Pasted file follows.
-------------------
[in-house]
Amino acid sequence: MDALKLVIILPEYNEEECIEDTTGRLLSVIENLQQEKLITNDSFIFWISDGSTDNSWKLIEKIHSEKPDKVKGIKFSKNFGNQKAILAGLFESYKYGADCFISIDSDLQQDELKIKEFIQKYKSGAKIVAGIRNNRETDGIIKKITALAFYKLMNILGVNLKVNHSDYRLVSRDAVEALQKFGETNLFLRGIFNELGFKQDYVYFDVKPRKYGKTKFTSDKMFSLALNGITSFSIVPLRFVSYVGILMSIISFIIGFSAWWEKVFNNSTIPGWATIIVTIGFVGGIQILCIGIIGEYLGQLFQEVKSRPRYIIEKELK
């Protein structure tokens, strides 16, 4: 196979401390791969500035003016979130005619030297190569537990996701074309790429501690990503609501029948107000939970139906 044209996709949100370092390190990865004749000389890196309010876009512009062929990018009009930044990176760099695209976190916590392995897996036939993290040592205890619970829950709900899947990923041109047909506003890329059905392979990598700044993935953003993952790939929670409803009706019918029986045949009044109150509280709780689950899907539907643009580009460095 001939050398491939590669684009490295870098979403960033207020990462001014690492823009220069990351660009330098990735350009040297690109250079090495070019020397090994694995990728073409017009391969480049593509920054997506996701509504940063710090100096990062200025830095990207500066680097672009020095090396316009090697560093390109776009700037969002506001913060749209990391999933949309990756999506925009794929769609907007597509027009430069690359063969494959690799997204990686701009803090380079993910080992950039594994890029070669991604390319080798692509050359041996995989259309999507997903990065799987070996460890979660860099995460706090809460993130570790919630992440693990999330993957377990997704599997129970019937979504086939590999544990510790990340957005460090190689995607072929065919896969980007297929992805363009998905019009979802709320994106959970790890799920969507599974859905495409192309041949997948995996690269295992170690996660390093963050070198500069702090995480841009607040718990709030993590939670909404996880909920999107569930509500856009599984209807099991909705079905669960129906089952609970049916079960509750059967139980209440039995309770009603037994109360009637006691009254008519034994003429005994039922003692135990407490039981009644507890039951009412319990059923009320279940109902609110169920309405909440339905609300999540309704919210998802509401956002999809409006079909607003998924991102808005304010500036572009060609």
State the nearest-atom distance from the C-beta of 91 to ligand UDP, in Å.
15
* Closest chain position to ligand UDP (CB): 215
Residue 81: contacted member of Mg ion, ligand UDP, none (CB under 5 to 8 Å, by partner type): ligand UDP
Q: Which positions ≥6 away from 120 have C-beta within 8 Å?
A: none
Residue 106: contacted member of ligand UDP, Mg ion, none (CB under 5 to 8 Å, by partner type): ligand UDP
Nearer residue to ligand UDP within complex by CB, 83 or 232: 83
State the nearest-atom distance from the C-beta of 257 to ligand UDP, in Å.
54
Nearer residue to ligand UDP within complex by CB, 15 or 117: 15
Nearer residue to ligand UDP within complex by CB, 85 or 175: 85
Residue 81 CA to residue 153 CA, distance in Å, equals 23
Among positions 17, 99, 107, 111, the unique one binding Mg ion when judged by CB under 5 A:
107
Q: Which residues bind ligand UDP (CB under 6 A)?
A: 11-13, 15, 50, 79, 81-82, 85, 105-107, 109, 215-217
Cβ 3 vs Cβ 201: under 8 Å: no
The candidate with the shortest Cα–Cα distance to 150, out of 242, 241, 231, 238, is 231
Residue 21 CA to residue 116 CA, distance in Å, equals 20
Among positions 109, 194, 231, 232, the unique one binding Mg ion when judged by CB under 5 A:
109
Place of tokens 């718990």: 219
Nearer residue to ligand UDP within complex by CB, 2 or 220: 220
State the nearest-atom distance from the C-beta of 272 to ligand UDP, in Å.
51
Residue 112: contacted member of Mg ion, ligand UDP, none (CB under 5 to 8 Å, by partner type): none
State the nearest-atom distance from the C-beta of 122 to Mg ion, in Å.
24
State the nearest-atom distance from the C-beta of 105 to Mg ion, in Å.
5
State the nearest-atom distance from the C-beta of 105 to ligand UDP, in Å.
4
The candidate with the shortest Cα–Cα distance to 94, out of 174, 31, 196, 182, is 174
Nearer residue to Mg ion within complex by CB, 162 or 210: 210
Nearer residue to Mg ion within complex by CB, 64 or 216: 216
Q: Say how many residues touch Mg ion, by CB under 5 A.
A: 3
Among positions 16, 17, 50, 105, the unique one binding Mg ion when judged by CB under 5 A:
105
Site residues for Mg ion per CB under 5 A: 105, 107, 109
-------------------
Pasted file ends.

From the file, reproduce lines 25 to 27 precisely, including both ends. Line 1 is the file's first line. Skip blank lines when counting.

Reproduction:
109
Place of tokens 């718990």: 219
Nearer residue to ligand UDP within complex by CB, 2 or 220: 220